- Procter & Gamble increased its spending on marketing by 7% a year in the most recent quarter as the consumer packaged goods (CPG) giant saw higher demand for brands like Tide, Mr. Clean, Dawn and Cascade. Sales rose 8% to $19.7 billion in the quarter ended Dec. 31, particularly on the strength of its household and healthcare brands during the pandemic, per a quarterly earnings announcement.
- Jon Moeller, vice chairman, COO and CFO of P&G, described the company’s increased marketing as “appropriate” with its sales growth, saying in a conference call, “I would not want to dial those back by any means, but I expect they’ll pretty much move in line with sales with some efficiencies potentially available to us.”
- In a reflection of how P&G has been able to meet changing shopping behaviors during the pandemic, Moeller said the company’s e-commerce sales jumped 50% from a year earlier, making up more than 14% of its global business. P&G also raised its full-year estimate for overall sales growth to 5%-6% from a prior range of 4%-5%.
The pandemic led to broad, increased consumer demand for household products and significant growth in e-commerce sales, two trends P&G expects to persist amid public awareness about health and safety. The CPG giant sees itself as well positioned to meet consumer demands along these lines, in part because many of its brands are established offerings. This legacy positioning along with its more optimistic forecast for the year suggests that P&G’s marketing spend will remain stronger.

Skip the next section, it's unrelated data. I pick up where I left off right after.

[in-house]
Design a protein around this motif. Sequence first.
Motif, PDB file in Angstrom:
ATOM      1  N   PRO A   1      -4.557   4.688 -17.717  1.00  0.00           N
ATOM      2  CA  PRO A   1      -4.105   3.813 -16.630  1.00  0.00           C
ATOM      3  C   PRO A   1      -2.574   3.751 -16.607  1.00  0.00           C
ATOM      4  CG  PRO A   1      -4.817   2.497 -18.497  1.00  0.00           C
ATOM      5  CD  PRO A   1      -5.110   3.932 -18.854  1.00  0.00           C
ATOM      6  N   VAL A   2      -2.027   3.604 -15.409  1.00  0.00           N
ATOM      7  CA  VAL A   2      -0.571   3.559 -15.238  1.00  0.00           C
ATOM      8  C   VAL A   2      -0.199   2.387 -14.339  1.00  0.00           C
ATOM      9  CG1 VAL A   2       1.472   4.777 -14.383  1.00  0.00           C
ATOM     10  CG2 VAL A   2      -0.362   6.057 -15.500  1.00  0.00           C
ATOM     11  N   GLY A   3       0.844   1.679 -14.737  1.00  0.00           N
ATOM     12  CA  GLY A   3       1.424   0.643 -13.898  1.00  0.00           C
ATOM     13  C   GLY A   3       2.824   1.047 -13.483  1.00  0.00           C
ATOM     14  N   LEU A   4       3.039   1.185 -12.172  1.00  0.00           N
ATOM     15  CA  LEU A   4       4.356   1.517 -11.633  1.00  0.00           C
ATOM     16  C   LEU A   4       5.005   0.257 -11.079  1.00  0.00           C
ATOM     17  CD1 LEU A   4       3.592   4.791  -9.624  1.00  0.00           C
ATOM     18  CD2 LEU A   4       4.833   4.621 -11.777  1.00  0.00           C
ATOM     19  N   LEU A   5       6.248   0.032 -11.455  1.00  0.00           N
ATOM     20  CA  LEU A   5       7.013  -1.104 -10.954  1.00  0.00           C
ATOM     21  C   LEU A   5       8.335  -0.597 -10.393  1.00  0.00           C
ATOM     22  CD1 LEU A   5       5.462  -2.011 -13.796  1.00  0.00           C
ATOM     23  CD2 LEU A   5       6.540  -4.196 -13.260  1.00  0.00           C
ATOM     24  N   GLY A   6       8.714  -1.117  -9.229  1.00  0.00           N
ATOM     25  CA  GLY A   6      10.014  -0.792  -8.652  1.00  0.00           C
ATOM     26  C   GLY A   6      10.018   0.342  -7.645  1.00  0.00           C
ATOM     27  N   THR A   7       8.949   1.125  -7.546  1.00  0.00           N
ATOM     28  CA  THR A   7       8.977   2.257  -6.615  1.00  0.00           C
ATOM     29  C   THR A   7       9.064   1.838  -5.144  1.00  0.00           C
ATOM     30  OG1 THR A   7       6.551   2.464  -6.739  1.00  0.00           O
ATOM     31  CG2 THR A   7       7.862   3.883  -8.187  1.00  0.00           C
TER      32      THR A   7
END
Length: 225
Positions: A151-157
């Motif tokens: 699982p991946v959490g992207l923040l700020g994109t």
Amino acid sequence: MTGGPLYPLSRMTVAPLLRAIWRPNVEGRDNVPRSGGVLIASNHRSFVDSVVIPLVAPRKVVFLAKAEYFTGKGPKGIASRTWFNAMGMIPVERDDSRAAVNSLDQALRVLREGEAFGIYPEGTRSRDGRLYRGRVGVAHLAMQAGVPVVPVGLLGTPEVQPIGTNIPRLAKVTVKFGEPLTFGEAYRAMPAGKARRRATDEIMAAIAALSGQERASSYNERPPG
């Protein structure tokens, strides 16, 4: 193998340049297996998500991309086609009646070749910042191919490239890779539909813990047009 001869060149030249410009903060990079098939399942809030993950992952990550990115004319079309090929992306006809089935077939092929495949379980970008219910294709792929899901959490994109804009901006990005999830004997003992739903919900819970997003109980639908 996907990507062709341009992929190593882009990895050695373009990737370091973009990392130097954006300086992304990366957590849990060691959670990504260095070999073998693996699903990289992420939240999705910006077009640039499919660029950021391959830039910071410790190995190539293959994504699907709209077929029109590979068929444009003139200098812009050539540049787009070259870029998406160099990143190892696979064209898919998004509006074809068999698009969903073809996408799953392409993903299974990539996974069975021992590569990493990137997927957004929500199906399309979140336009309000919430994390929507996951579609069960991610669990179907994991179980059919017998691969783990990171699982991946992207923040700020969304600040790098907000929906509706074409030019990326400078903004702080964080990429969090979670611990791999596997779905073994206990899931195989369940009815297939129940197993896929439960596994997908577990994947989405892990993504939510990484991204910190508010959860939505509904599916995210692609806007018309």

During a conference call with analysts, Moeller expressed his optimism that several macro trends will work in P&G’s favor going forward.
“There may be a continued increased focus on home, more time at home, more meals at home with related consumption impacts,” Moeller said. “The importance of noticeably superior performance, potentially gross, there’s potential for increased preference for established reputable brands that solve newly framed problems better than alternatives, potentially less experimentation, potential for a lasting shift to e-commerce, both e-tailers and omnichannel.”
P&G’s fabric and home care category, which includes Tide detergent and Dawn dishwashing soap, saw a 12% gain in sales on 7% growth in volume — a gap that suggests its brands have strong pricing power. Its healthcare products, which include its Oral B line for dental hygiene, expanded sales by 9% on a 4% gain in volume, another significant driver of growth for the company. Sales of beauty, grooming and baby, feminine and family care brands also grew, but not as fast as the company’s total sales.
P&G’s pricing power is a sign that consumers see value in its brands even as they shop online, where consumers can find a broader range of lower-priced private-label brands. P&G is among the companies that saw a surge in e-commerce last year as homebound shoppers boosted their spending, but a key test will be the company’s ability to sustain sales growth and pricing power.
“I’ve always viewed this channel and the development of this channel as being big established and preferred-brand-friendly — not an adverse situation but a conducive situation for growth,” Moeller said about e-commerce sales channels. “In categories where performance drives brand choice, we should continue to do well.”
P&G’s increased marketing spending comes as the company also looks for efficiencies in its media planning and buying. The company handles about 80% of its U.S. media planning in-house, and all of it internally in China, its second-biggest market, Chief Brand Officer Marc Pritchard said last week at the Consumer Electronics Show, which was virtual this year.
P&G unveiled several electronic devices at CES, a sign that the company expects to see more growth from gadgets like its Oral B products that drove a 20% jump in electric toothbrush sales during the December quarter. The products on display at CES included EC30, a cleaning swatch made with no water or plastic packaging, and Microban 24, a disinfectant spray that rolled out last February.